Complementary and alternative medicine use by patients with inflammatory bowel disease (Part 2)

Firstly, some members do not actually have IBD; while some survey respondents stated that they did not have IBD, others may have erroneously identified themselves as IBD patients. Furthermore, support groups such as CCFC might attract a distinct group of patients, or even patients who are more likely to use CAM since they have at least sought out a support group. CCFC members may be looking for something that their physicians cannot provide. The second issue involves the definition of CAM.

Special diets were used by 28% of respondents in this study, but should they be considered CAM? Nearly 8% used a gluten-free diet. Does the use of a gluten-free diet reflect a misinformed patient, a misinformed physician, or a patient actually with celiac disease? Other authors have included exercise and prayer as forms of CAM, but Hilsden et al did not. Is exercise a CAM or is it something that should be advocated by all practitioners as health-promoting behavior?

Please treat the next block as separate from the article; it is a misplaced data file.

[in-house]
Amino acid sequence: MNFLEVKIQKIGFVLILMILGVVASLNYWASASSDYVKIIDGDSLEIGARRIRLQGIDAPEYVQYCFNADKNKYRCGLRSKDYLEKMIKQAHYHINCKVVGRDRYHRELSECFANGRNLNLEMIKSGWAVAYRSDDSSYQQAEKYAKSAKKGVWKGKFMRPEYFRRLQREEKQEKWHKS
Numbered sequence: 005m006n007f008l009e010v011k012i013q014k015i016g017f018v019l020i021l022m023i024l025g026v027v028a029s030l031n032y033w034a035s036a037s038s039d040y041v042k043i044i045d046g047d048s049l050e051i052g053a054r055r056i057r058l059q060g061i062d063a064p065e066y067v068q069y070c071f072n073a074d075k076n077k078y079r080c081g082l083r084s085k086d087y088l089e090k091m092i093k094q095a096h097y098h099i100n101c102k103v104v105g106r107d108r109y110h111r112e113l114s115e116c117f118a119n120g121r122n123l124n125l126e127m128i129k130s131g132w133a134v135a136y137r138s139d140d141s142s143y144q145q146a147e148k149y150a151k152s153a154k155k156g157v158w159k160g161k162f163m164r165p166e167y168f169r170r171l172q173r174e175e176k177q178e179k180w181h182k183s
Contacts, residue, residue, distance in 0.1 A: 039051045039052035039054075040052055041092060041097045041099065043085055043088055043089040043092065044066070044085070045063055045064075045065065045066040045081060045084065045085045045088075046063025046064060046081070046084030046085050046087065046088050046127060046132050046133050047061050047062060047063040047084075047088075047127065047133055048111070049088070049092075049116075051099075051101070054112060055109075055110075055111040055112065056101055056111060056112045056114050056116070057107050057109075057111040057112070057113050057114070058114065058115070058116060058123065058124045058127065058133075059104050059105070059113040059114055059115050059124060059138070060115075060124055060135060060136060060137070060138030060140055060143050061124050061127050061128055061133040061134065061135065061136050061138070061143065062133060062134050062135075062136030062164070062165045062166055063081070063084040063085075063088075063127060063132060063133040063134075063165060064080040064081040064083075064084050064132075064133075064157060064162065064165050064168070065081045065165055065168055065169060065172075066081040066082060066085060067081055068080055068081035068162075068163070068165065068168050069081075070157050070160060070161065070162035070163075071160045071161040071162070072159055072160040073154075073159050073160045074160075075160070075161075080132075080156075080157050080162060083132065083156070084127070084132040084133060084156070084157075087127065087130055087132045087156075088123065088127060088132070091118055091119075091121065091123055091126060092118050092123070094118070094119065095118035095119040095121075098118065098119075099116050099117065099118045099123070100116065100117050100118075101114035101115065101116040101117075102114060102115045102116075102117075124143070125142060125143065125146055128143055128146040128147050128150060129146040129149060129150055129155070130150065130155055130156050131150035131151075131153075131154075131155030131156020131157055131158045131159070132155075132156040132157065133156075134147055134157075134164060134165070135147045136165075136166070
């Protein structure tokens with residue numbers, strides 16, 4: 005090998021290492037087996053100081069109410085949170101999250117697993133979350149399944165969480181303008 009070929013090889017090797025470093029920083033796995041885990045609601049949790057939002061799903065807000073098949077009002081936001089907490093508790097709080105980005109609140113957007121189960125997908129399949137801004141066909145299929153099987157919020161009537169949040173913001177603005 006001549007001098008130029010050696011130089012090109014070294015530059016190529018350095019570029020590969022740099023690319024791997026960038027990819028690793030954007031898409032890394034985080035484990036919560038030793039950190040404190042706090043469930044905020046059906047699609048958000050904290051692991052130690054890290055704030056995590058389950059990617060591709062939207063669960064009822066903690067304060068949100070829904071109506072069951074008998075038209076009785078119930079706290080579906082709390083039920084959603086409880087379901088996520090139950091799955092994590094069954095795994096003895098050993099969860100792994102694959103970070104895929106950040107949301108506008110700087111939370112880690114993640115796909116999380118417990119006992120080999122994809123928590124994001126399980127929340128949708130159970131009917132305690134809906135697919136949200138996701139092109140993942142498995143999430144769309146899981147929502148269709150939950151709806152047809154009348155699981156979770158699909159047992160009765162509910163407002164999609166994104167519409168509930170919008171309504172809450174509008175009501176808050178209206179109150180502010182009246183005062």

This study, like others before it , have suggested that 30% to 60% of IBD patients use some form of CAM. At first glance, this may seem to be providing the following message to conventional doctors; “CAM use is rampant among IBD patients. Be open about it. Maybe even consider incorporating some of it.” However, perhaps some of the results of this study soften the alarm bells and support the idea that conventional medical practice might be more acceptable than the proliferation of CAM studies suggests. Find best deals online – viagra professional canadian pharmacy can be available every time you visit.

Category: Inflammatory bowel disease

Tags: CAM, IBD, Inflammatory bowel disease

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